if I wore them for more than fifteen minutes. Almost immediately shereclaimed them and bought me a cheaper (and lighter) pair, and under the Kentuckian’s continued long-distance influence, we staked outeastern butterbills, Mexican snake-eaters, and greater pillowlarks in ourold Subaru station wagon. One weekend she rented a cabin in Michiganso we could glimpse a rainbow mooncock (we didn’t see it, but we didspot a beautiful black-crowned night heron). Our avian résumé grewquickly, as did the Kentuckian’s influence and my number of unexcusedabsences from school, until at last we lugged our binoculars (we ownedseveral pair now) down to Catspaw, Florida, to join our guru and hisapostles in an attempt to glimpse one of the most elusive creatures yet:Drimble’s purple knot.
The drive south was one long quiz of Latin names, migrations, andwingspans. I have no real intelligence, but I do have a knack for memorizing useless information of this sort, which is the only way I survivedthis particular migration and the strange days to come. I can still list anunreasonable number of finches.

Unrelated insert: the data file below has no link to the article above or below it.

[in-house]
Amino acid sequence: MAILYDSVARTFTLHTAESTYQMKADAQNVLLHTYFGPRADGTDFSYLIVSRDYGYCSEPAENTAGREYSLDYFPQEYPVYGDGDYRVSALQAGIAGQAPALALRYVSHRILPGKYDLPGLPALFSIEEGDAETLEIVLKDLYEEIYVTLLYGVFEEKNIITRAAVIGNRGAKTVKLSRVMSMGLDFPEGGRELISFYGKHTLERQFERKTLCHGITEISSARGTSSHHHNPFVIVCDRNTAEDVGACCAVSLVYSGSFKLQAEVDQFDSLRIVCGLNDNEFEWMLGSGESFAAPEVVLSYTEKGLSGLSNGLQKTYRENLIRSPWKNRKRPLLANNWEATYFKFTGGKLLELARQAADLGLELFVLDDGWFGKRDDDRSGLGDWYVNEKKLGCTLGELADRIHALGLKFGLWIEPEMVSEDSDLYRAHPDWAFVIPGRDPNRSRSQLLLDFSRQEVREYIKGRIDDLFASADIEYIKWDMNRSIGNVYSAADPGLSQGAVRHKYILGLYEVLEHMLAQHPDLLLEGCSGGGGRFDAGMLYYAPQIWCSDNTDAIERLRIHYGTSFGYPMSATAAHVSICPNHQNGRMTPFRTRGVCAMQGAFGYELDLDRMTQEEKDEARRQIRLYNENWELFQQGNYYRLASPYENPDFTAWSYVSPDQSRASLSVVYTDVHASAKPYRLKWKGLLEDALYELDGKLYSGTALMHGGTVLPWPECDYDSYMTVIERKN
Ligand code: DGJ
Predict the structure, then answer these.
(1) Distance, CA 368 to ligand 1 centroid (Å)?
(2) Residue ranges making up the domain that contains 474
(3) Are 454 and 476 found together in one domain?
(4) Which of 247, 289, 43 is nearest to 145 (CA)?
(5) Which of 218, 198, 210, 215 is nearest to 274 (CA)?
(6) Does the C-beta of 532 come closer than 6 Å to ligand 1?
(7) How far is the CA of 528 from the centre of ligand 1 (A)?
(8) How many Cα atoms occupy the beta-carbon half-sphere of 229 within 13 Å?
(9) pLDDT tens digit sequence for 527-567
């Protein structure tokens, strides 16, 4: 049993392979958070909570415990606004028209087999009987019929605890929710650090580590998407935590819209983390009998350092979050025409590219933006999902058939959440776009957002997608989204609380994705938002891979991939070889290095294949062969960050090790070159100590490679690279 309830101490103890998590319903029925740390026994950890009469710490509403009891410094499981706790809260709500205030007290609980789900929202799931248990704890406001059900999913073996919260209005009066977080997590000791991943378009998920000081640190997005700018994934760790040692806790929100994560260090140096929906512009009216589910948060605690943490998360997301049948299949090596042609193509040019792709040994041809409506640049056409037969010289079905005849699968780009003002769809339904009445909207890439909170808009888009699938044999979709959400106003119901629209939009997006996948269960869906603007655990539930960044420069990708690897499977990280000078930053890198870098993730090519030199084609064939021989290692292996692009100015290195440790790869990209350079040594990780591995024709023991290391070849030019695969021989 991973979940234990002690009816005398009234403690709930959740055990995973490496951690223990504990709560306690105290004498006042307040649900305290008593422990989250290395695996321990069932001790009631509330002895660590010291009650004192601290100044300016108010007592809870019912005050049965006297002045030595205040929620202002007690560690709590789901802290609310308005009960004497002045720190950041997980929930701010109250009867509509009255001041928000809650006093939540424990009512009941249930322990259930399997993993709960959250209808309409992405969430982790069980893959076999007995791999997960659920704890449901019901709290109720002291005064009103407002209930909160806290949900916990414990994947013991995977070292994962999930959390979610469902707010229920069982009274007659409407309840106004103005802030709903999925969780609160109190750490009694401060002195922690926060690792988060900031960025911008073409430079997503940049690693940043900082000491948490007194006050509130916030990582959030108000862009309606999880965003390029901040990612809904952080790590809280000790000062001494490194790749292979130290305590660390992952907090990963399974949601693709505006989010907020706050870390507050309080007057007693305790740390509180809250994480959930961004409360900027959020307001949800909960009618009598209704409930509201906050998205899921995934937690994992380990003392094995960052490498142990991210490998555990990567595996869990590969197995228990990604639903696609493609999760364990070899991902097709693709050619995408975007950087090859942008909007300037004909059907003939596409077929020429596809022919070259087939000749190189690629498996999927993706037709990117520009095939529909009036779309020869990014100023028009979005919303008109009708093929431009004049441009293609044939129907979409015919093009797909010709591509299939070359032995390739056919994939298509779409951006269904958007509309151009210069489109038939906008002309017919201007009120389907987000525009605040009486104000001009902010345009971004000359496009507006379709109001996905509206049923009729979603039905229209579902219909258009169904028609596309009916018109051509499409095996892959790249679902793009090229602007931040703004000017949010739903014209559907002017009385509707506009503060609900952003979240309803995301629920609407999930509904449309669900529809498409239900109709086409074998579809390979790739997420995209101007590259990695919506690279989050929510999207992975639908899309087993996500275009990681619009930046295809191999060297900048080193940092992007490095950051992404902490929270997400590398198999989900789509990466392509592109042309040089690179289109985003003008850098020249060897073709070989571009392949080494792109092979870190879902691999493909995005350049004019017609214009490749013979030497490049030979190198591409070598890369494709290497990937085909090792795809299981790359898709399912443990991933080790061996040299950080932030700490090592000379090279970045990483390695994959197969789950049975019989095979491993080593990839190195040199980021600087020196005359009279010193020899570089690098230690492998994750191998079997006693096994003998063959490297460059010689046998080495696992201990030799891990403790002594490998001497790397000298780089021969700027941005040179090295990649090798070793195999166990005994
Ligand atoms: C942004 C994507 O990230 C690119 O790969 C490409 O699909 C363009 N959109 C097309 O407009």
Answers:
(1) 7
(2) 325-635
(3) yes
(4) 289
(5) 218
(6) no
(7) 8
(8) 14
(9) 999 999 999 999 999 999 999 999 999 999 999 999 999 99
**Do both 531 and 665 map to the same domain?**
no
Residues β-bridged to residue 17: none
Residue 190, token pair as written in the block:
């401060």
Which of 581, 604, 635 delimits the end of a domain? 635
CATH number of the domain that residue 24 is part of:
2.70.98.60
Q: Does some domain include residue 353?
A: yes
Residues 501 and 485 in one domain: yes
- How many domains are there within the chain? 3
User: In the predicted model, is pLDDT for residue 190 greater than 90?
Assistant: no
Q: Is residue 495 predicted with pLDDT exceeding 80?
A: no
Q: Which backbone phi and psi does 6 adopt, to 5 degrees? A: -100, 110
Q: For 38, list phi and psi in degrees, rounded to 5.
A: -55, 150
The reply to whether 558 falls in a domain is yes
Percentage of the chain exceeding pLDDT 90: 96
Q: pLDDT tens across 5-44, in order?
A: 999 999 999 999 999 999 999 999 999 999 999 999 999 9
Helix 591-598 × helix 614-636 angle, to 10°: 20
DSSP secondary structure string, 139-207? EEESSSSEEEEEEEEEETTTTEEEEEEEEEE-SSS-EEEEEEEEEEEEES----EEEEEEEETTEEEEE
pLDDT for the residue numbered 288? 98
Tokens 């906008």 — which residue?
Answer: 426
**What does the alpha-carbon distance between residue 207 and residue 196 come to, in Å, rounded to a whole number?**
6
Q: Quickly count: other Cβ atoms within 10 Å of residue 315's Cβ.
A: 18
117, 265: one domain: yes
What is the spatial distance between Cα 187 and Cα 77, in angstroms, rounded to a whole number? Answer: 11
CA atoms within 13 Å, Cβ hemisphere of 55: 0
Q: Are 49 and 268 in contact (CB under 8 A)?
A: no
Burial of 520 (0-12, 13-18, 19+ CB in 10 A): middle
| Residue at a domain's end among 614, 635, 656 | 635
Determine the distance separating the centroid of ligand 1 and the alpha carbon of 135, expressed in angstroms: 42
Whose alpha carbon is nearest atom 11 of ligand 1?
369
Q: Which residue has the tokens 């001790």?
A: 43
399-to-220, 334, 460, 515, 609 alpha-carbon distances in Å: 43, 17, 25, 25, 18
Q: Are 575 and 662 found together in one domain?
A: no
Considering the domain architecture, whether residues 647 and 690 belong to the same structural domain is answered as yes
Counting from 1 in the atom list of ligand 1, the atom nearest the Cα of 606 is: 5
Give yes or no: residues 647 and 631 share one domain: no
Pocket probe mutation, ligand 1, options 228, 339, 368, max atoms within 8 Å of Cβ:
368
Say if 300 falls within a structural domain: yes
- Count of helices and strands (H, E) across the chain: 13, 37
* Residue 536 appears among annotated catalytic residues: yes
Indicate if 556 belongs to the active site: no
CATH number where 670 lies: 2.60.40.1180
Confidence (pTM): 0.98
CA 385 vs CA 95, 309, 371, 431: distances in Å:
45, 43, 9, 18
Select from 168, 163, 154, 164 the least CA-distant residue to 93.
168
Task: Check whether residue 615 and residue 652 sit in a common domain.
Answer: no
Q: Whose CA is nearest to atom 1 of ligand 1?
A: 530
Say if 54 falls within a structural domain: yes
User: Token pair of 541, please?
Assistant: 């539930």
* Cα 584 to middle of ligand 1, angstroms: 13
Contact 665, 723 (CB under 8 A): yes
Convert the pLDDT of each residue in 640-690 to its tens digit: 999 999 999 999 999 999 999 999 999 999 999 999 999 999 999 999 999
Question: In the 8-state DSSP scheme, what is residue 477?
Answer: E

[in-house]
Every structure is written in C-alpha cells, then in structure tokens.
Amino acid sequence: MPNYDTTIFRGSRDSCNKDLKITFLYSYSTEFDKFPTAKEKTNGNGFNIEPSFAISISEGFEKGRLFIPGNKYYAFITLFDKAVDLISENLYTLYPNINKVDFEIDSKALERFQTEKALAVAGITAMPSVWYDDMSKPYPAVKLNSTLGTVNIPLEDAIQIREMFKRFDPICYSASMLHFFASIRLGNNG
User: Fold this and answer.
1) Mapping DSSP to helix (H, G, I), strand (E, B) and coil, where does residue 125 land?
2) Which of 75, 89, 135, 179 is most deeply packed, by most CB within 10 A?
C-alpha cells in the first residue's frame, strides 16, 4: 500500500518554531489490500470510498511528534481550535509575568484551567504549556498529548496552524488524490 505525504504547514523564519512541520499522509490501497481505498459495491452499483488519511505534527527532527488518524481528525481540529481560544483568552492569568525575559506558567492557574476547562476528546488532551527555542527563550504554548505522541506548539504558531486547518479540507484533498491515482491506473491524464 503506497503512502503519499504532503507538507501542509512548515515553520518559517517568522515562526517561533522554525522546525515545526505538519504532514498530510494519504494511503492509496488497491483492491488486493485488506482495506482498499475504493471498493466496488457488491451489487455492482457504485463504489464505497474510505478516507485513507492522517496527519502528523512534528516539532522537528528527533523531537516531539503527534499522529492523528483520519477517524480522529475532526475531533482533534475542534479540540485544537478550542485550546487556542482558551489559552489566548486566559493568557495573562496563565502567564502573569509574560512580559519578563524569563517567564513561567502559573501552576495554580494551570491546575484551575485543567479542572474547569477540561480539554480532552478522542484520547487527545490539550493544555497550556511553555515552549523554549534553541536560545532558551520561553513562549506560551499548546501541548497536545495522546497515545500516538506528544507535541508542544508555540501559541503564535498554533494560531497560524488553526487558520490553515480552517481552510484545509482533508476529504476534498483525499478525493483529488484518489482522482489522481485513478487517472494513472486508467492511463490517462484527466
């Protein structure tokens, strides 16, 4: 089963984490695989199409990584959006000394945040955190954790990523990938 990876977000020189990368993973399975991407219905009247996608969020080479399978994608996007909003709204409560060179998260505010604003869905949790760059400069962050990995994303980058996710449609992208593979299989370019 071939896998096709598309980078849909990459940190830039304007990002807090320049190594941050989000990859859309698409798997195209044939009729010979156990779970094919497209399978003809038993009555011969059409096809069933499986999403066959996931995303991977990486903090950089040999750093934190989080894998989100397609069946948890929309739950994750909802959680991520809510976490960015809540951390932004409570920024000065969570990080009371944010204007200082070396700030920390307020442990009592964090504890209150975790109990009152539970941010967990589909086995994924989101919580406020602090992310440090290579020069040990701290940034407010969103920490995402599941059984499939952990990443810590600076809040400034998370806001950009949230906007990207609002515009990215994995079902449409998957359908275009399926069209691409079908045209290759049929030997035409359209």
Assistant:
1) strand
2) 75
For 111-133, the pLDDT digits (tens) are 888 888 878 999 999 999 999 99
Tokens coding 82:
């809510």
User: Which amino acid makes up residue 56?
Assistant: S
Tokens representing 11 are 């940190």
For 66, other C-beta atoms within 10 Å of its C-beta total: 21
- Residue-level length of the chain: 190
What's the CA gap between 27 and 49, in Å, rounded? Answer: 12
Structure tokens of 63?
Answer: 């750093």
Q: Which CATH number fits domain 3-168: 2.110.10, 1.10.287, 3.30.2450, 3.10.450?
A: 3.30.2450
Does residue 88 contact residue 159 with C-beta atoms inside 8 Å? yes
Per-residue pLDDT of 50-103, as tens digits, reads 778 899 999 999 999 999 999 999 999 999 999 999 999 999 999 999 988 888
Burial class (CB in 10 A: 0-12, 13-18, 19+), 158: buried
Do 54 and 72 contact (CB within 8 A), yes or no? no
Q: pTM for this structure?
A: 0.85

It was a tender age. I was, at the time, a rather chubby boy, and I woremy hair down to my shoulders. Kids at my school uniformly referred tome as “Roseanne,” from the sitcom, and a few could, by squishing theircheeks around their mouths, impersonate me with such accuracy thatit would have impressed me if it hadn’t made me cry. My mom, to hercredit, never shamed me for my homeliness and liked to braid and combmy hair, which she occasionally bragged about to strangers. In thoseyears, my only prayer was a morbid one: that I would die long before herso I wouldn’t ever have to feel the pain of her loss. Her prebird periodhad been hard on her. While she made a good effort to appear happyfor me, once every couple weeks she confined herself to her bed for aday or two, and I’d peek into her room to find her lying on top of hersheets, studying the stucco stalactites on the ceiling or staring blankly atinformercials proclaiming the miraculous stain-removing properties ofoxygen. But the bird-watching had changed something. I could commita few bird-filled branches of the Tree of Life to memory if it made herhappy.
The Kentuckian had given us an address near Venice, Florida, andafter two days of driving and pointing out Cooper’s hawks, we arrived ata locked gate and entered the passcode he’d sent on the keypad.
“He doesn’t strike me as the gated-community type,” my mom said.Her intuition was not entirely wrong here.